Publication Date


Degree Program

Department of History

Degree Type

Master of Arts


For many years, scholarship covering the Napoleonic satellite kingdoms has centered on the overriding presence of Napoleon Bonaparte without looking a great deal at the kingdoms that supported him. Since the recent publication of Stuart Woolf's Napoleon's Integration of Europe the focus of study on these satellite kingdoms will change. Bavaria's history in particular needs to be examined, especially since a clear study will reveal much of Bavaria's modernization during these years was already underway before Napoleon assimilated it into his empire. However, much of that progressive policy would not have been enacted without Napoleon's protection. This project therefore will represent an attempt to show that the reform policies of Maximilian von Montgelas and his lord, Max Joseph of Bavaria, were well underway before the advent of the Confederation of the Rhine, that Napoleon's dissolution of the Holy Roman Empire was paramount to the success of Montgelas' policy, and that Bavaria's zeal for reform was tightly bound up with a new upper-middle class and was not a German nationalist movement as later historians have assumed. The answers to these questions will reveal much about the nature of reform and modernization in the German minor states and that the intellectuals of the early 19th Century had much less to do with these movements than is generally believed. This project will rest on primary sources from the 1799-1815 period, primarily Montgelas' memoirs and much of the enormous material left by Napoleon Bonaparte and his ministers. Whenever secondary sources are used it will be the intent of the author to utilize primary quotations from within those texts as much as possible. In the end, it will be seen that the "revolution" in Bavaria owed much to Napoleon but not its existence. Likewise it will be clearly seen that these reforms were undertaken by bureaucrats and not on the whole by the supporters of German romantic philosophers, and that Bavaria's allegiance was entirely local and had very little to do with any drive for German unification.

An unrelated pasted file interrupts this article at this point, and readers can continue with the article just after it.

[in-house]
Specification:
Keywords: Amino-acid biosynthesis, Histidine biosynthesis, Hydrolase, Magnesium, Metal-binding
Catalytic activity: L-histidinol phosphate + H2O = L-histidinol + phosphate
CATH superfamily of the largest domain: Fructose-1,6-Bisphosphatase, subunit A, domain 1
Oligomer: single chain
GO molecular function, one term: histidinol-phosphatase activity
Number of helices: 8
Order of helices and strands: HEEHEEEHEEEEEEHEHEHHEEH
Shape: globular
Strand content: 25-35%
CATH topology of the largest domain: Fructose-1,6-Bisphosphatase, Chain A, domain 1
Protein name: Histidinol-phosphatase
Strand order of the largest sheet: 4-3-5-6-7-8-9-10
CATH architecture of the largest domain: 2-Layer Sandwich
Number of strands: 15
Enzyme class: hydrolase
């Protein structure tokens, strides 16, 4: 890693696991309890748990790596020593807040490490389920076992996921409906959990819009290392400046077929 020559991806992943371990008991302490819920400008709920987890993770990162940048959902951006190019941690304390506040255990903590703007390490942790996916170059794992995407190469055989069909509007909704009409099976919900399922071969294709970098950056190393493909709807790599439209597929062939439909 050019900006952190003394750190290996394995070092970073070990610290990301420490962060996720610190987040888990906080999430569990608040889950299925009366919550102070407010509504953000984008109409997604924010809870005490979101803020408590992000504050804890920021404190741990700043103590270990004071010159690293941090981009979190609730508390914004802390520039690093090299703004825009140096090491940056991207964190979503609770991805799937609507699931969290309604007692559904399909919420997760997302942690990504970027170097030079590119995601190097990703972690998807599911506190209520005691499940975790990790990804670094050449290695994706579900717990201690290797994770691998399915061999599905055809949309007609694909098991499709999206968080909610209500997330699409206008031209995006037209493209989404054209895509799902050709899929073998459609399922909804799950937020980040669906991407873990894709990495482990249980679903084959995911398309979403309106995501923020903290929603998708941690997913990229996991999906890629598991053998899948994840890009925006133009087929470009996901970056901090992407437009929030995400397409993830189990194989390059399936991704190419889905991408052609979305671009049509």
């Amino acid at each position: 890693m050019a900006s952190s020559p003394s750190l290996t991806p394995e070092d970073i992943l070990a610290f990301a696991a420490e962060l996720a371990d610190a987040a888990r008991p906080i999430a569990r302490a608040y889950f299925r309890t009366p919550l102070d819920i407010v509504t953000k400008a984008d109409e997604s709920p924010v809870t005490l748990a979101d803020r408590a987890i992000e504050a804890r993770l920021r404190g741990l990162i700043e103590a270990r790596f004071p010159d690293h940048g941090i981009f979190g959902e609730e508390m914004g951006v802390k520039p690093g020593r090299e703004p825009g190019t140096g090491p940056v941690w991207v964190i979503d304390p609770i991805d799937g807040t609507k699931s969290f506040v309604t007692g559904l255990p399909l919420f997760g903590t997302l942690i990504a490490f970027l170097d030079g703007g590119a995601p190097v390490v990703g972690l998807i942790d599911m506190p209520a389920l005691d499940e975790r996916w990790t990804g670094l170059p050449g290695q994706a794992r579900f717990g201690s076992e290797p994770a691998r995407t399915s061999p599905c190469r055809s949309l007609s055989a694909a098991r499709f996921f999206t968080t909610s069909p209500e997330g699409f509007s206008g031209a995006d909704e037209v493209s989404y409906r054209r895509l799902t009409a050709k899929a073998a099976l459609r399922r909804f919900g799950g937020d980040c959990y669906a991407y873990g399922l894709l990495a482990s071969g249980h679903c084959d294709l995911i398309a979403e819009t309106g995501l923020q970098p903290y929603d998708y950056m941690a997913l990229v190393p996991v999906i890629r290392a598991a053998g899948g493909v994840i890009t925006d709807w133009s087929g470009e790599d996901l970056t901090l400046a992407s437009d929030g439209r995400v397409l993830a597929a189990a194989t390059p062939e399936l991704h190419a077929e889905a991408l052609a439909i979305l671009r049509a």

European History | History